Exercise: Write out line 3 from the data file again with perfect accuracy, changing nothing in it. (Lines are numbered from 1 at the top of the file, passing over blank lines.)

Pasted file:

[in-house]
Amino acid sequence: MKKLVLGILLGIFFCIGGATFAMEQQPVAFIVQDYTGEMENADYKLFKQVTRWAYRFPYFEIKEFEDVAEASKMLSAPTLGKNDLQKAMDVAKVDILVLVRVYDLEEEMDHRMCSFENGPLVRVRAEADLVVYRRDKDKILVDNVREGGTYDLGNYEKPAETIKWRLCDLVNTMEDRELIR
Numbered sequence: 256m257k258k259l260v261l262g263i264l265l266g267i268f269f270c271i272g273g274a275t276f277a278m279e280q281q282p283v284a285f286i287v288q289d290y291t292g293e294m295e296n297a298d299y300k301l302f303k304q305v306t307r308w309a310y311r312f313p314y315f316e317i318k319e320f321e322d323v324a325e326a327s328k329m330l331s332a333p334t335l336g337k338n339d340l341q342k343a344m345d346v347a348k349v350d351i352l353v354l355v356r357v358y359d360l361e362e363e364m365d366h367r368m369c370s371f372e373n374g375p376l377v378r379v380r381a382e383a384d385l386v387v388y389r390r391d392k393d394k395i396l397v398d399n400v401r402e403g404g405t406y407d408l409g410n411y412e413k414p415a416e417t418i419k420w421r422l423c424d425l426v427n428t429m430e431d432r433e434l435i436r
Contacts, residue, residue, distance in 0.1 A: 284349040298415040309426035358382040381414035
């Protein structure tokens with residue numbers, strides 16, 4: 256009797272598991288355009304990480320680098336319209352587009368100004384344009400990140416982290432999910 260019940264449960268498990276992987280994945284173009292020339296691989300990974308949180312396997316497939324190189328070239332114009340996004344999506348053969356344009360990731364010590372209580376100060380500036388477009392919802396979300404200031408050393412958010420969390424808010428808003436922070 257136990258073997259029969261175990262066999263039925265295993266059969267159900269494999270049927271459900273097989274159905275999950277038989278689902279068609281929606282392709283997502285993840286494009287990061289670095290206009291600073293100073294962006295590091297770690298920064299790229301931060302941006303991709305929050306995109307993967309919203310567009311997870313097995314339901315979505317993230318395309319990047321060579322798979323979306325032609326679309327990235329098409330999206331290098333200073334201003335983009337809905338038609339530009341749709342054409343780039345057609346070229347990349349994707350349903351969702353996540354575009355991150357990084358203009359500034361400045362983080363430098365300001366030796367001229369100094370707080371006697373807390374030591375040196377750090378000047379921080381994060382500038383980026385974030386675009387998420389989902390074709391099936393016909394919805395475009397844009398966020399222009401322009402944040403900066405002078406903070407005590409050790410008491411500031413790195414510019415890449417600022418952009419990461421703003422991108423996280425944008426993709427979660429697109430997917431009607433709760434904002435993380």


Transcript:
Numbered sequence: 256m257k258k259l260v261l262g263i264l265l266g267i268f269f270c271i272g273g274a275t276f277a278m279e280q281q282p283v284a285f286i287v288q289d290y291t292g293e294m295e296n297a298d299y300k301l302f303k304q305v306t307r308w309a310y311r312f313p314y315f316e317i318k319e320f321e322d323v324a325e326a327s328k329m330l331s332a333p334t335l336g337k338n339d340l341q342k343a344m345d346v347a348k349v350d351i352l353v354l355v356r357v358y359d360l361e362e363e364m365d366h367r368m369c370s371f372e373n374g375p376l377v378r379v380r381a382e383a384d385l386v387v388y389r390r391d392k393d394k395i396l397v398d399n400v401r402e403g404g405t406y407d408l409g410n411y412e413k414p415a416e417t418i419k420w421r422l423c424d425l426v427n428t429m430e431d432r433e434l435i436r